No GMO Shopping Resources

As more and more of us focus on healthy lifestyles and locally sourced ingredients, the public outcry for non GMO foods gets louder. Of course, we’d all love to have a great garden planted with heirloom seeds, but that’s not always possible. Fortunately, the resources for shopping and avoiding GMO products are growing. Check out our new favorite site: If you’re out at the market and need an easy method for checking the items in your cart, consider downloading one of the phone apps that allow you to scan the bar code of each item.

The need for organic food and resources has become urgent as the number of GMO tainted foods grows. According to The Non GMO Project the list of questionable produce and processed items now includes:

High-Risk Crops (in commercial production; ingredients derived from these must be tested every time prior to use in Non-GMO Project Verified products (as of December 2011):

  • Alfalfa (first planting 2011)
  • Canola (approx. 90% of U.S. crop)
  • Corn (approx. 88% of U.S. crop in 2011)
  • Cotton (approx. 90% of U.S. crop in 2011)
  • Papaya (most of Hawaiian crop; approximately 988 acres)
  • Soy (approx. 94% of U.S. crop in 2011)
  • Sugar Beets (approx. 95% of U.S. crop in 2010)
  • Zucchini/Yellow Squash (approx. 25,000 acres)

Also high-risk: animal products (milk, meat, eggs, honey, etc.) because of contamination in feed.

Monitored Crops (those for which suspected or known incidents of contamination have occurred, and those crops which have genetically modified relatives in commercial production with which cross-pollination is possible; we test regularly to assess risk, and move to “High-Risk” category for ongoing testing if we see contamination):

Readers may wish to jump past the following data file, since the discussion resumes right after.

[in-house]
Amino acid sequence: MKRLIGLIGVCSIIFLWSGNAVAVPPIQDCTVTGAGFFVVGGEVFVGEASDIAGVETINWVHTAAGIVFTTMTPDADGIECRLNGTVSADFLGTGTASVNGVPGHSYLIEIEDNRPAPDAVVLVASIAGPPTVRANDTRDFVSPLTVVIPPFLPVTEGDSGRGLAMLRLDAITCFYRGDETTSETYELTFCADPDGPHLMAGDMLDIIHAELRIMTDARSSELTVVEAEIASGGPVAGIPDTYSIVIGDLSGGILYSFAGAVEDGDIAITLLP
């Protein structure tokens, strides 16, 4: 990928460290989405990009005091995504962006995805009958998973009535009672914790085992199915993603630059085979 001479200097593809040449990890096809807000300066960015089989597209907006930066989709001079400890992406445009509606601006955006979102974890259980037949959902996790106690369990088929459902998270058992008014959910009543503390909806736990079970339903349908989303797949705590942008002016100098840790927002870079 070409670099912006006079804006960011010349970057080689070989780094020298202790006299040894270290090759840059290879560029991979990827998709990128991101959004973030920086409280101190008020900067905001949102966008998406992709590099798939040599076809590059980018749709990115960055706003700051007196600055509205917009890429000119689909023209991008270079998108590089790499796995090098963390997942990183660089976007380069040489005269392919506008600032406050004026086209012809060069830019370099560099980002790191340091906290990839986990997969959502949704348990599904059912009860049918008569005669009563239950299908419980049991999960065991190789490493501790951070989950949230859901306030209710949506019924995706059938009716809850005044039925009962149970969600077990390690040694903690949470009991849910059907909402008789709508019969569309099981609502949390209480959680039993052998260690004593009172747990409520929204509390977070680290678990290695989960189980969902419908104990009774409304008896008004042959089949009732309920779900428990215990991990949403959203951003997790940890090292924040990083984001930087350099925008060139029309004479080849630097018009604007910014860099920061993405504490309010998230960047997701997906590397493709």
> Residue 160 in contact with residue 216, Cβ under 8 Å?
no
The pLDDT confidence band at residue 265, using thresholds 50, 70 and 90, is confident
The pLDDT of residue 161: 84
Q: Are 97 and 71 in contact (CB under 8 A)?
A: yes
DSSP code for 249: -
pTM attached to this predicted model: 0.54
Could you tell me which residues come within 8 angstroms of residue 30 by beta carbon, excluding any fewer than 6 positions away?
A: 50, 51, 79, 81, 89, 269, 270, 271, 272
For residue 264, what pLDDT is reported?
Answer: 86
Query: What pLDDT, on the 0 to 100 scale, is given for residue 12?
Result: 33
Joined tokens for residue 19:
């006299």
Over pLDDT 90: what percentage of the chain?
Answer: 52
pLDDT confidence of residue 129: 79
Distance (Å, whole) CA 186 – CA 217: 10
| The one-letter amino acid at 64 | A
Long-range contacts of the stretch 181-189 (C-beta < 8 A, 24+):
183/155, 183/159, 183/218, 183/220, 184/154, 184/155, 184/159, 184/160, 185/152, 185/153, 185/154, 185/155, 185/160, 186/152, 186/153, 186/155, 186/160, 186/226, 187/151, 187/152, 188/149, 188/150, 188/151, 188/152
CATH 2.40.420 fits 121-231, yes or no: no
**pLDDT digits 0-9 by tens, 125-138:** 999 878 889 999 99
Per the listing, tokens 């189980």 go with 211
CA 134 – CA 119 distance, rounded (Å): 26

Beta vulgaris (e.g., chard, table beets) Brassica napa (e.g., rutabaga, Siberian kale) Brassica rapa (e.g., bok choy, mizuna, Chinese cabbage, turnip, rapini, tatsoi) Curcubita (acorn squash, delicata squash, patty pan) Flax Rice Wheat

On the Non GMO Shopping Guide you’ll find tips for buying organic goods, a downloadable guide, and a link for the phone app. Check out the website and take a moment to look at the sponsors, all organic companies. Supporting organic companies is the best way to say, “Thank You,” and keep the good food available.


What’s New & Beneficial About Garbanzo Beans a.k.a Chickpeas

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“Many public health organizations-including the American Diabetes Association, the American Heart Association, and the American Cancer Society-recommend legumes as a key food group for preventing disease and optimizing health. The 2005 Dietary Guidelines for Americans developed by the U.S. Department of Health and Human Services (USDHHS) and the U.S. Department of Agriculture (USDA) recommends 3 cups of legumes per week…”

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